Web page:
Another stand of some relatively well developed zebra grass – in the foreground on the left you can see the the shiny green leaves of some acanthus we’ve spared

I’m hoping the grass will recover to provide an extra dimension of colour, texture and height in the garden.

While we were doing this we also uncovered a tropical plant called a Ginger lily or hedychium densiflorum Assam Orange which should put up an exotic flower in late summer. It needs a lot of water and warmth to do well.

The ginger lily should put on loads of new growth now it’s got some space

Elsewhere we’ve removed a clump of hemerocallis or daylilies to allow these hostas to shine even more.

There are gaps left by my seek and destroy mission which I hope I can plug with some ready grown dahlias.

The area on the right will be filled with some colourful dahlias

Then in the autumn and winter I plan to revamp the borders completely and already have ideas which I am jotting down and discussing with Mum, Sarah, our lovely gardener, and Ros who’s been volunteering in the garden.

I’m going to continue to eradicate the day lilies and divide the dark red persecaria into three and dot it throughout this border.

I will also do the same with the hosta and some sedum and plant them at the front elsewhere.

The area in the photo below is all coming out and will become a wide grass path leading through the gap between the hornbeam hedge down some steps to the veg garden.

It’ll make life easier, improving access to the compost heaps and taps.













Black Lives Matter

Remember the story about my Dad and how I’d bought an orange tree in memory of him.

What I omitted to tell you was his work and consequently our lives were very much bound up with colonialism and the exploitation of people – black people.

Dad was working class grammar school boy – the first of his family to go to university.

His first proper job was as a research scientist for the CSIRO in Australia – a country with a brutal genocidal past.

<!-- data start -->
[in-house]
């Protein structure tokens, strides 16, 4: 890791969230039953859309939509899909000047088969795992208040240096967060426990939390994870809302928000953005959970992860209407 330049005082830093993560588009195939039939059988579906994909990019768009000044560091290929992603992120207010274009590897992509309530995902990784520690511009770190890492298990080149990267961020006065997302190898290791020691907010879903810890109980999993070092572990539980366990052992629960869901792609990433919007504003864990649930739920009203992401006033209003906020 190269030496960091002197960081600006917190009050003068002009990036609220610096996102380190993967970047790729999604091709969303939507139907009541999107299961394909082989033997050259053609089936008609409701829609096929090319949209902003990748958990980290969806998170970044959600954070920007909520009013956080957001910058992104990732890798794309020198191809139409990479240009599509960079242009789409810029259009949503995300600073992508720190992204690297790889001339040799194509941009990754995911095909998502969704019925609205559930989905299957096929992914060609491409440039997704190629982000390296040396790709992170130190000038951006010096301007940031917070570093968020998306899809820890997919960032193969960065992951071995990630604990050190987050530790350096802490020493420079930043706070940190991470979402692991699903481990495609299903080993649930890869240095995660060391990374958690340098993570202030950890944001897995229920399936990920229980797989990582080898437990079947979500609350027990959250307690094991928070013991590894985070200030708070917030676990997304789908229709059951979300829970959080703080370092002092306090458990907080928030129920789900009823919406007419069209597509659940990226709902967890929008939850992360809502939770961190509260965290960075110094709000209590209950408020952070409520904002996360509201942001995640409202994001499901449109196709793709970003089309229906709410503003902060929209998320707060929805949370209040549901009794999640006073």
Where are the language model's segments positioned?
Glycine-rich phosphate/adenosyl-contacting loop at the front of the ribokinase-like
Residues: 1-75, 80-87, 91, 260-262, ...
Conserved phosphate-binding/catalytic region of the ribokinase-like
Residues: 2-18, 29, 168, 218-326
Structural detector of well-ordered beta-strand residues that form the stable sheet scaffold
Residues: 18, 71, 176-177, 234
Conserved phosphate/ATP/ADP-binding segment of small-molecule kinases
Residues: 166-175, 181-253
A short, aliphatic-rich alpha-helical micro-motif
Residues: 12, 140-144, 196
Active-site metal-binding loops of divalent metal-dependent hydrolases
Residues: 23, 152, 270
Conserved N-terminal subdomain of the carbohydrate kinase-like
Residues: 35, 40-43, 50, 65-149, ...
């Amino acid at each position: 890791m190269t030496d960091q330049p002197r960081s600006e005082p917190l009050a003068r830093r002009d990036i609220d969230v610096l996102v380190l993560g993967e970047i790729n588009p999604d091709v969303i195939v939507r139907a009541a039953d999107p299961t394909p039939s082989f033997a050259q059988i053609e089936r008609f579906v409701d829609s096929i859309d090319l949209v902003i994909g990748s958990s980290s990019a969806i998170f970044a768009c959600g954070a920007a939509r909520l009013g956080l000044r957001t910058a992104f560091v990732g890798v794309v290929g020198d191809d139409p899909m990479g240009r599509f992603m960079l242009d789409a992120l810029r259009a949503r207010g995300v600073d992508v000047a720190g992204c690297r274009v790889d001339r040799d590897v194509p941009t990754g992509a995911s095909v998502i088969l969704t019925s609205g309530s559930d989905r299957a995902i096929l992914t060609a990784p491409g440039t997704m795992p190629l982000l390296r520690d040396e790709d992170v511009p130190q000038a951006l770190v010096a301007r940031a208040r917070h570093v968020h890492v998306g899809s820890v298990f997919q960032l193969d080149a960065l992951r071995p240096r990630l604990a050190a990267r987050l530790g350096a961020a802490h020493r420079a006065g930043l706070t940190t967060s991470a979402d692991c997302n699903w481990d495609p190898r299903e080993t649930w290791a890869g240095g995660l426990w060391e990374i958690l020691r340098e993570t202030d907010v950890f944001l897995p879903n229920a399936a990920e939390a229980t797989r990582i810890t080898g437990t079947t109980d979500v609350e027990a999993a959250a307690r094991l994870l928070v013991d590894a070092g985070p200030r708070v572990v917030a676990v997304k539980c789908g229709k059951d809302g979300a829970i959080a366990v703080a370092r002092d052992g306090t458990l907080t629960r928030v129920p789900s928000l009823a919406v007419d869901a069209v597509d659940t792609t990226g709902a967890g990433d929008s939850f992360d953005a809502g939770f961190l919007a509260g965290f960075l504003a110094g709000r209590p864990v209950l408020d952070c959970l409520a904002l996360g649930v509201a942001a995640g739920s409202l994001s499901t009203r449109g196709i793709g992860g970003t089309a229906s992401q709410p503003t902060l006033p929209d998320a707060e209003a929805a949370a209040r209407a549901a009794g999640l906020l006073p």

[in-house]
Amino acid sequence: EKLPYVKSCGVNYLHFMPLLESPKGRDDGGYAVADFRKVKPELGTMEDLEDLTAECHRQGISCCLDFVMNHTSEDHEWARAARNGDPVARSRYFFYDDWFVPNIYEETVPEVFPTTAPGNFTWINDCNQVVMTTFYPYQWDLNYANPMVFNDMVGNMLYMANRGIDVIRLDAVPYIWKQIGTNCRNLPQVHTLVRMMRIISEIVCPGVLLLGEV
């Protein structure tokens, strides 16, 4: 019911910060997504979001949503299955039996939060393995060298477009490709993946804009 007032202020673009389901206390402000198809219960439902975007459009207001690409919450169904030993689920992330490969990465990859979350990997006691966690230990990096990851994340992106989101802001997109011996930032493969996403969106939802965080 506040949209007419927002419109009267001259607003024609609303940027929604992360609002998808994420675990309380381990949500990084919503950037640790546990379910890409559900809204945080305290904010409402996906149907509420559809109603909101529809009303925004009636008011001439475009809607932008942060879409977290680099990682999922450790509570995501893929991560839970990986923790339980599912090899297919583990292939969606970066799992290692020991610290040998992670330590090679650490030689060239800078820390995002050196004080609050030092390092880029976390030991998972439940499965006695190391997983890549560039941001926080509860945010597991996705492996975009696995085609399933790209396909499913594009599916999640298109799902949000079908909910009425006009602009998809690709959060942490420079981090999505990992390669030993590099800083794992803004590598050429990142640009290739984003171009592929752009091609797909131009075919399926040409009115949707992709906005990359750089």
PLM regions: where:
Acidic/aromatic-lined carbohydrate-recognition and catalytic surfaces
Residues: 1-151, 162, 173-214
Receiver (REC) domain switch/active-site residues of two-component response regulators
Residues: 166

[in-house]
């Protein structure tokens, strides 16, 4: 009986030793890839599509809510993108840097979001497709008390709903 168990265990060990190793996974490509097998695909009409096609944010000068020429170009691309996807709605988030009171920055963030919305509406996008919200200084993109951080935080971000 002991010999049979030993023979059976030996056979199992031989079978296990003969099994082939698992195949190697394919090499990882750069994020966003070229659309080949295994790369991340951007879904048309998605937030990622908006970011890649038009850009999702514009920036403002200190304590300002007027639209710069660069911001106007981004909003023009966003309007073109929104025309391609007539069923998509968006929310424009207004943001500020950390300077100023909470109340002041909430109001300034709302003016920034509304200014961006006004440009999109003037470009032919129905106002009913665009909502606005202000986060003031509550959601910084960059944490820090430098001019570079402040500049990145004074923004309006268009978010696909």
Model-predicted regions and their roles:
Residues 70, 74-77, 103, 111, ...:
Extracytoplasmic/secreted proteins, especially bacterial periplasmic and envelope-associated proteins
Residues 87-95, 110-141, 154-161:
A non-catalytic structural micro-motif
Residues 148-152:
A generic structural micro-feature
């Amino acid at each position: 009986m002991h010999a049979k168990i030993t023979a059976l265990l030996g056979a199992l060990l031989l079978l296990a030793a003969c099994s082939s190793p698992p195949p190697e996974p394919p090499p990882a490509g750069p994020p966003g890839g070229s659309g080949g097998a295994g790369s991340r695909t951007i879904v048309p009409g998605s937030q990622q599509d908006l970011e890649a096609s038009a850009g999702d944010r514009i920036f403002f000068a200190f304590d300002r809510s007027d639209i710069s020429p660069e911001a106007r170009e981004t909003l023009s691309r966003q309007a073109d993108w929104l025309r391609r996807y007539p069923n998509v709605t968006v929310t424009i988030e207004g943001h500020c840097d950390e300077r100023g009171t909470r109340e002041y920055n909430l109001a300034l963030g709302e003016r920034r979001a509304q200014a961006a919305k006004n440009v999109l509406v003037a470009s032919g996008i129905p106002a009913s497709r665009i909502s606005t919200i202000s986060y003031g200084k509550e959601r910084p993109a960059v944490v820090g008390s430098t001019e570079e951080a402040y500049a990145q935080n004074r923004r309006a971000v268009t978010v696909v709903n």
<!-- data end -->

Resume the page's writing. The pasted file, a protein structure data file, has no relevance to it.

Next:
A country where indigenous people were killed by British settlers who stole their land and set up farms like the ones my Dad helped in his work as an agronomist.

There he met my Mum – the great granddaughter of British and Irish convicts and immigrants to Australia in the nineteenth century.

They then moved with me and my sister to Kenya where he worked for the Empire Cotton Association advising them on how to get maximum yields.

All the cotton was grown and picked by black workers and exported back to the UK.

After two years we returned to England where Dad got a similar position with Outspan, the South African company importing citrus fruit to Europe.

He made regular trips to South Africa to advise white farmers on growing citrus fruit – an industry that depended entirely on black people’s labour – cheap labour that was an inherent part of a society based on racial segregation and exploitation.

During our teenage years arguments for and against the boycott of firms like Outspan and Barclays filtered through to discussions at the dinner table at our house in leafy suburban Buckinghamshire.

My sister and I were horrified that we were, in effect, living off the proceeds of other people’s misery.

It all came to a head when Dad invited to supper some white South African farmers who were on a European tour.

We children boycotted the event and refused to eat with them – a huge embarrassment for my parents.

I’d “forgotten” about this and the shame I felt for our family’s part in the global system that still perpetuates racism and the dreadful inequalities that arise from it.

Quite often we not only “airbrush” events from our nation’s history, but we also, conveniently, forget our own part, willing or not, in these shameful episodes.